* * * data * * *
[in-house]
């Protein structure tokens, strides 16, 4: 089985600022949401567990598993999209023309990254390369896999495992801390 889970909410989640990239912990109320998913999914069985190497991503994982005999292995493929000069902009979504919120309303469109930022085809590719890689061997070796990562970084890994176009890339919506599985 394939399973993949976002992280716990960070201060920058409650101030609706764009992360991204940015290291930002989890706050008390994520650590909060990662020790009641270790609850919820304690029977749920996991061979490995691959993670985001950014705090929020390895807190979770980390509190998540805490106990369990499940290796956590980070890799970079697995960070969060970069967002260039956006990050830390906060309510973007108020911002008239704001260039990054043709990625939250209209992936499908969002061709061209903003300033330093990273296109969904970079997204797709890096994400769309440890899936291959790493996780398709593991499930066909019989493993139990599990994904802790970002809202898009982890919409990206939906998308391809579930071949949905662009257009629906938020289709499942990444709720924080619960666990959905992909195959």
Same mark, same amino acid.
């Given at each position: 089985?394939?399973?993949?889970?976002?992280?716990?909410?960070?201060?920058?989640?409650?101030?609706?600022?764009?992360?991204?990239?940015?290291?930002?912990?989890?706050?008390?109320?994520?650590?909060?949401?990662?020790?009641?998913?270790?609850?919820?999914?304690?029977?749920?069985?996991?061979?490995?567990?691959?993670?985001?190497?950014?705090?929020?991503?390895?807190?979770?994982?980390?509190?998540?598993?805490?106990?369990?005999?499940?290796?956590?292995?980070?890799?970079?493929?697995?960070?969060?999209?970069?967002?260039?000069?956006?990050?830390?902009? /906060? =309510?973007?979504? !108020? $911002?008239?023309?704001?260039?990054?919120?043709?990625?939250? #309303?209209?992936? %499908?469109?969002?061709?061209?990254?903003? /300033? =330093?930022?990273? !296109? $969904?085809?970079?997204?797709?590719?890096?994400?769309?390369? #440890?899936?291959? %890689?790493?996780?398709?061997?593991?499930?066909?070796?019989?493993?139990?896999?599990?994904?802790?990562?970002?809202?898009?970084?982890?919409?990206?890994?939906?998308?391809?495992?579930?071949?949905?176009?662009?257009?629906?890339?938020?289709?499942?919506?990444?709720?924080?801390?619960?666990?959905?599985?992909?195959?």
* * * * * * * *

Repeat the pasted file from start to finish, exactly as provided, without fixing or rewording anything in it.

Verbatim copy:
[in-house]
């Protein structure tokens, strides 16, 4: 089985600022949401567990598993999209023309990254390369896999495992801390 889970909410989640990239912990109320998913999914069985190497991503994982005999292995493929000069902009979504919120309303469109930022085809590719890689061997070796990562970084890994176009890339919506599985 394939399973993949976002992280716990960070201060920058409650101030609706764009992360991204940015290291930002989890706050008390994520650590909060990662020790009641270790609850919820304690029977749920996991061979490995691959993670985001950014705090929020390895807190979770980390509190998540805490106990369990499940290796956590980070890799970079697995960070969060970069967002260039956006990050830390906060309510973007108020911002008239704001260039990054043709990625939250209209992936499908969002061709061209903003300033330093990273296109969904970079997204797709890096994400769309440890899936291959790493996780398709593991499930066909019989493993139990599990994904802790970002809202898009982890919409990206939906998308391809579930071949949905662009257009629906938020289709499942990444709720924080619960666990959905992909195959």
Same mark, same amino acid.
């Given at each position: 089985?394939?399973?993949?889970?976002?992280?716990?909410?960070?201060?920058?989640?409650?101030?609706?600022?764009?992360?991204?990239?940015?290291?930002?912990?989890?706050?008390?109320?994520?650590?909060?949401?990662?020790?009641?998913?270790?609850?919820?999914?304690?029977?749920?069985?996991?061979?490995?567990?691959?993670?985001?190497?950014?705090?929020?991503?390895?807190?979770?994982?980390?509190?998540?598993?805490?106990?369990?005999?499940?290796?956590?292995?980070?890799?970079?493929?697995?960070?969060?999209?970069?967002?260039?000069?956006?990050?830390?902009? /906060? =309510?973007?979504? !108020? $911002?008239?023309?704001?260039?990054?919120?043709?990625?939250? #309303?209209?992936? %499908?469109?969002?061709?061209?990254?903003? /300033? =330093?930022?990273? !296109? $969904?085809?970079?997204?797709?590719?890096?994400?769309?390369? #440890?899936?291959? %890689?790493?996780?398709?061997?593991?499930?066909?070796?019989?493993?139990?896999?599990?994904?802790?990562?970002?809202?898009?970084?982890?919409?990206?890994?939906?998308?391809?495992?579930?071949?949905?176009?662009?257009?629906?890339?938020?289709?499942?919506?990444?709720?924080?801390?619960?666990?959905?599985?992909?195959?």